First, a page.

Exploratory analysis of neurophysiological changes under ocean warming and acidification (OWA) in two Gadid species using 1H-NMR spectroscopy

Chair: Cliff Law

Matthias Schmidt (1), Hans-Otto Pörtner (1), Daniela Storch(1), Christian Bock (1)

1 Alfred Wegener Institute for Polar and Marine Research, Am Handelshafen 12, 27570 Bremerhaven, Germany

Ocean acidification (OA) as projected for the end of this century has been reported to negatively affect the behaviour of marine fish species. It is suggested that these changes are initiated by a disturbed “ɣ-Aminobutyric Acid A Receptor” as a consequence of increased CO2 partial pressures (pCO2) and acid-base regulation. Such disturbance might modulate neurotransmitter levels. We therefore analysed whether OA-induced behaviour reflects changes in specific neurotransmitters in the fish brain depending on environmental temperature. We tested two fish species, Polar cod (Boreogadus saida) whose behaviour is altered by future OWA conditions and Atlantic cod (Gadus morhua) whose behaviour seems to be resilient.

Polar cod and Atlantic cod were incubated for 3-4 months under 2 different CO2 concentrations (present day and projected for 2100) and at 4 temperatures specific for their temperature window (0, 3, 6, 8°C for B. saida and 3, 8, 12, 16°C for G. morhua, respectively). Brains from all individuals were directly taken after incubation and shock frozen for further analysis. Non-targeted metabolic profiling using 1H-NMR spectroscopy was performed on brain extracts for monitoring neurotransmitter and metabolite profiles.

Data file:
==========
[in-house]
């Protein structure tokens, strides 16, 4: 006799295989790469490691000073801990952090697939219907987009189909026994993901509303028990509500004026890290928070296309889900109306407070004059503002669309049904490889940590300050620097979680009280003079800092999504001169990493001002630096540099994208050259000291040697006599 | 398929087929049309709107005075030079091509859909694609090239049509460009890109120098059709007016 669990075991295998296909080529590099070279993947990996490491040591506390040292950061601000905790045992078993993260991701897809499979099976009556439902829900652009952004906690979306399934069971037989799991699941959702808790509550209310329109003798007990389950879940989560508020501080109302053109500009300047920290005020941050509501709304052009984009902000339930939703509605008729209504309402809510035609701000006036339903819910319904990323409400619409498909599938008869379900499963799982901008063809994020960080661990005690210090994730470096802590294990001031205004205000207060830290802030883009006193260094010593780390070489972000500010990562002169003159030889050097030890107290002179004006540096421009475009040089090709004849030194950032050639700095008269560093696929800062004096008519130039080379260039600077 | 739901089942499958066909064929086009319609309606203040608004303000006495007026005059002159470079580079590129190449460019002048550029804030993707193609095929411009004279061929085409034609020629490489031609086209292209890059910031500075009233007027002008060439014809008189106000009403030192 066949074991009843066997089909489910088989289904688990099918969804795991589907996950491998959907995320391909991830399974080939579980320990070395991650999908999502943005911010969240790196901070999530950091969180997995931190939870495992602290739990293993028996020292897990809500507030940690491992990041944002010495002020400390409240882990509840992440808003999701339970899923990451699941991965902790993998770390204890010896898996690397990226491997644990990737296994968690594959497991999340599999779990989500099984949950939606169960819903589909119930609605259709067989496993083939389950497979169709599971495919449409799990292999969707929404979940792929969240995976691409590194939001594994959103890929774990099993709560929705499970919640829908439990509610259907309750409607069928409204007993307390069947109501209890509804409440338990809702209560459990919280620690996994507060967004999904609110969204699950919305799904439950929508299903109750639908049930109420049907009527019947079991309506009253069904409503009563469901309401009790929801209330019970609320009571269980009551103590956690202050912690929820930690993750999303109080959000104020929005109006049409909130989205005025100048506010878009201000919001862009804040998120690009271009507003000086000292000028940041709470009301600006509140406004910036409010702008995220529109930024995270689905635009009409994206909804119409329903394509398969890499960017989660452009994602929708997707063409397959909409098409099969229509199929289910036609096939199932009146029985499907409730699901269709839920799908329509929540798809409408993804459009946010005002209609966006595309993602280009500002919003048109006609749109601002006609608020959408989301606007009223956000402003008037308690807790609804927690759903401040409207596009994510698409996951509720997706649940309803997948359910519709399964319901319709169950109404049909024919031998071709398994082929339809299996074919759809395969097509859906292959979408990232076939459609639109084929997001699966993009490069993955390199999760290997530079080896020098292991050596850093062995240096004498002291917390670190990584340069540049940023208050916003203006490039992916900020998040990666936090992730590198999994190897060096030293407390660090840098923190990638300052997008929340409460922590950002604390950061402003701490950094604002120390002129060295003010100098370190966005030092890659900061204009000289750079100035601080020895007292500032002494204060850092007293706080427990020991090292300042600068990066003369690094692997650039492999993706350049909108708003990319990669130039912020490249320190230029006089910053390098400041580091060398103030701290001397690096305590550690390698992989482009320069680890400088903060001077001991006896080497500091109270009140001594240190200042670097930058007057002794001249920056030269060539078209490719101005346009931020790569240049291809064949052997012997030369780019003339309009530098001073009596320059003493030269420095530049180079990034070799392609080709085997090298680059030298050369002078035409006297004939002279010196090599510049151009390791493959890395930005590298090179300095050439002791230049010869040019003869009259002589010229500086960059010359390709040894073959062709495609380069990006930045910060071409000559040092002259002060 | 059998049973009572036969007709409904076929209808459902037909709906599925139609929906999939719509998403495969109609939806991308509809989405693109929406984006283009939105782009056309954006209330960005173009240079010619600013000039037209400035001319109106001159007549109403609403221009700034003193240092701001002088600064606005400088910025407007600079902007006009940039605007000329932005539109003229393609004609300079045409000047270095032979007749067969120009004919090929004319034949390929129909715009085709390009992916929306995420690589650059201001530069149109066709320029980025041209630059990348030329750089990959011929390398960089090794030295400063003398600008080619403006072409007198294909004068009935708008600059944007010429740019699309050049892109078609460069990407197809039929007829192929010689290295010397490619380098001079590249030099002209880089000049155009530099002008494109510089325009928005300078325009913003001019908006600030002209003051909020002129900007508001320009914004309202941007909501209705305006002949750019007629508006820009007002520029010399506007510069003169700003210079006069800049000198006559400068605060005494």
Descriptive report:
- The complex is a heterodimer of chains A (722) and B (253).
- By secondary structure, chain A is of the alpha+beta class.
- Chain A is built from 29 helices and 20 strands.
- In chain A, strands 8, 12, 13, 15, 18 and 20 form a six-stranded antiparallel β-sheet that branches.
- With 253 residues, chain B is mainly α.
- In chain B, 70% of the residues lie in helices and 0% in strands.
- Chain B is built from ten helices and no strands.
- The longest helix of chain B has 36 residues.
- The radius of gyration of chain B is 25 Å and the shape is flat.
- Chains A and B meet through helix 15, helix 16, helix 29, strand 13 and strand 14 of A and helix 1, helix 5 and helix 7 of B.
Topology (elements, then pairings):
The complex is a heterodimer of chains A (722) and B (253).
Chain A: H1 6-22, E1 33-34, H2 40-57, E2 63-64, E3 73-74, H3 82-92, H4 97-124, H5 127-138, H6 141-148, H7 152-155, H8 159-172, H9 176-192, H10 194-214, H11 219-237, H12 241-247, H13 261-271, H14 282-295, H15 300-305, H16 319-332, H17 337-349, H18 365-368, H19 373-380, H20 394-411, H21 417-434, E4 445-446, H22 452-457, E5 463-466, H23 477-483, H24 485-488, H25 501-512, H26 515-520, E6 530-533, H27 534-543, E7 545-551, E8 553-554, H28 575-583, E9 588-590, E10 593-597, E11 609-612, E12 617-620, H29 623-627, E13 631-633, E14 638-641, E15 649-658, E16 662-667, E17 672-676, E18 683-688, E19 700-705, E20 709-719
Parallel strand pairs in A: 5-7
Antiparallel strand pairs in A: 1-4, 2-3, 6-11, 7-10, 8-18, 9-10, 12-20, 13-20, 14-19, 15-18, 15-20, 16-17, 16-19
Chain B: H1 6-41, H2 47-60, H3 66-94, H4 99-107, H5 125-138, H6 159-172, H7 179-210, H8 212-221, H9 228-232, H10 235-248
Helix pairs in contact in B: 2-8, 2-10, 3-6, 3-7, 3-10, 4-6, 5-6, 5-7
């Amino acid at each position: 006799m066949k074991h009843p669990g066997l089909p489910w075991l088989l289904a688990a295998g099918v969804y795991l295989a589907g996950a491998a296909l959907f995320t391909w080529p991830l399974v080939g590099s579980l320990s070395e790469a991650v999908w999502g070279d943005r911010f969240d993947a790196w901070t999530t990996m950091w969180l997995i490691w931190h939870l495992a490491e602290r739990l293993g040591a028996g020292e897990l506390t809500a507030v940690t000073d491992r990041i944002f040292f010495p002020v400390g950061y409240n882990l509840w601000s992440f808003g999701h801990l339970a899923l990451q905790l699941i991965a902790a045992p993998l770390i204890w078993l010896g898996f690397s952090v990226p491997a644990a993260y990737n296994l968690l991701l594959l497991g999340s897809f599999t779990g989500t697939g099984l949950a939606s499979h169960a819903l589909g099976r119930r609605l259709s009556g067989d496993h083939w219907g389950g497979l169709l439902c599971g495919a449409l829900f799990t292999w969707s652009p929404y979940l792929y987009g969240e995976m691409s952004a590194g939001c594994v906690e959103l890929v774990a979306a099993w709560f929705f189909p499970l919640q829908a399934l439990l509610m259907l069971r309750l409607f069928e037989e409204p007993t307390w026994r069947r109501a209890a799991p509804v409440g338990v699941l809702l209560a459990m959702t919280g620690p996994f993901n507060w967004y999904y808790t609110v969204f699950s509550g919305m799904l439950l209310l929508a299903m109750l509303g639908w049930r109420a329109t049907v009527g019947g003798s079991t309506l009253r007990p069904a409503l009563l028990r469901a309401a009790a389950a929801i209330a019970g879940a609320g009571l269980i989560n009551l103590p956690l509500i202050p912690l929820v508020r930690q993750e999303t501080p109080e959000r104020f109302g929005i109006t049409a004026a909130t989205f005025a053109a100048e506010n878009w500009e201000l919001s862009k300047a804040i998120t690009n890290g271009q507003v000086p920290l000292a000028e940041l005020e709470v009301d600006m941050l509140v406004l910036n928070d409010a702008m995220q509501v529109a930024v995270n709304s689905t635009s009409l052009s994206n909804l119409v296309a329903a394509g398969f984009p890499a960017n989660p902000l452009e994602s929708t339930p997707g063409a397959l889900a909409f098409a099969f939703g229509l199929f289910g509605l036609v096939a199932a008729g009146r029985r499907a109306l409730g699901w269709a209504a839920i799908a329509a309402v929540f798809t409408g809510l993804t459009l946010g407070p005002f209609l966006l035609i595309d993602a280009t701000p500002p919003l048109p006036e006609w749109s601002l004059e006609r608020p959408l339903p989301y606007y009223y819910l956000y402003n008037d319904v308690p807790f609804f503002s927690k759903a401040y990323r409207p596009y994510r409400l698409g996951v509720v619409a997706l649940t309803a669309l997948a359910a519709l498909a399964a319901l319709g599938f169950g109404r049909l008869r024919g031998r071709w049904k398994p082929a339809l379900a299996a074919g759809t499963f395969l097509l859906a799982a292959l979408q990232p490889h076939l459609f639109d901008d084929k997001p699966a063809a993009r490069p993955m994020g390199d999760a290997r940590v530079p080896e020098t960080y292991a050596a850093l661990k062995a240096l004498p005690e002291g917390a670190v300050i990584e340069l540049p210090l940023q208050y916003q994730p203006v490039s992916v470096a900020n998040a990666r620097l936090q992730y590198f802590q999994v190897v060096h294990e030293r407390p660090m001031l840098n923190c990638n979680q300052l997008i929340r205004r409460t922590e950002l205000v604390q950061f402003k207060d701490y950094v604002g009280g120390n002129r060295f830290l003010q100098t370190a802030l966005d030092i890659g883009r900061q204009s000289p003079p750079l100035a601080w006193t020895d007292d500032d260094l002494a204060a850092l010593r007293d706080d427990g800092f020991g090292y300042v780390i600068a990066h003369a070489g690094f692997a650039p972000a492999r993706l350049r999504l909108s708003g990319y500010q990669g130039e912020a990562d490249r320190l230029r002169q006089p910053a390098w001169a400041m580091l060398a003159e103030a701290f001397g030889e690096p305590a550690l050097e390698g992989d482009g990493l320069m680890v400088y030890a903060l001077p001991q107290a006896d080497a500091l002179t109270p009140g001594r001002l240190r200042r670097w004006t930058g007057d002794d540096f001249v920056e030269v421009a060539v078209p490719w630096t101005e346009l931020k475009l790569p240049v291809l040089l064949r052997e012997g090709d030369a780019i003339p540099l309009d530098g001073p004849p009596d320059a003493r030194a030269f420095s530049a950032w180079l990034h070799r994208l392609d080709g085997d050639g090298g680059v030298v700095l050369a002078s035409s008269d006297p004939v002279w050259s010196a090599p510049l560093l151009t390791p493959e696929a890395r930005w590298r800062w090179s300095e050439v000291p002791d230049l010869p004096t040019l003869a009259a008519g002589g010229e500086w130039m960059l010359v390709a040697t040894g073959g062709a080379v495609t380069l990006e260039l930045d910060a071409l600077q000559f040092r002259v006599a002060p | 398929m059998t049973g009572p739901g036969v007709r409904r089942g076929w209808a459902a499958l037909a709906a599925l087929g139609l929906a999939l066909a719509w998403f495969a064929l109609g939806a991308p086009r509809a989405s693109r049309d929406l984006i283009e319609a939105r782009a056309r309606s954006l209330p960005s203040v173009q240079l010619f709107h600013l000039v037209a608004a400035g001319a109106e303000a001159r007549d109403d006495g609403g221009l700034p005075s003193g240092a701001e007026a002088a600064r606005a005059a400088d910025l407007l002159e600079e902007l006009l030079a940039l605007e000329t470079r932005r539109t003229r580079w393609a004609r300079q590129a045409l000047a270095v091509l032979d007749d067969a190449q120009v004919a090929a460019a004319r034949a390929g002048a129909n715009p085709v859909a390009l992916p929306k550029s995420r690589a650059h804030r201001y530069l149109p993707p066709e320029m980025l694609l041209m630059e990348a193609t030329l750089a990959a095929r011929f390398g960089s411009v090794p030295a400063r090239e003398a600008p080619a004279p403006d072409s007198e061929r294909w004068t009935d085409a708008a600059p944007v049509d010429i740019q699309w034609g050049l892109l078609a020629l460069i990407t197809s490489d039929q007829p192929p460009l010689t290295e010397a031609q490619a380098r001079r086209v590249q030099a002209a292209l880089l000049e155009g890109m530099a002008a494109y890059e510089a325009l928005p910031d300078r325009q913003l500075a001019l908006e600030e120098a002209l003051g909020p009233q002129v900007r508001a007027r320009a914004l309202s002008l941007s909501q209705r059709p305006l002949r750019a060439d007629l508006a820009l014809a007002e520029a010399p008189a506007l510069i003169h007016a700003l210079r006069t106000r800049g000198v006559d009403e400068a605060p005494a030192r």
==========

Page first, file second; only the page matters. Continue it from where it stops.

Concentrations of amino-acid neurotransmitters in both species decreased with increasing temperatures which may have accounted for a reduction of diffusion time in the synaptic cleft with rising temperature. Temperature induced alterations of osmolytes may support enzyme performance. However, in both species, environmental pCO2 had only a small effect on neurotransmitters and osmolytes.

While this study gives insight into temperature acclimation processes in the brain of fish, we did not detect alterations that might explain why the behaviour of some fish species is resistant to future OA. Species-specific differential use of inhibitory neurotransmitter systems or altered receptor subtype compositions in response to CO2-pertubation could be the focus of future research.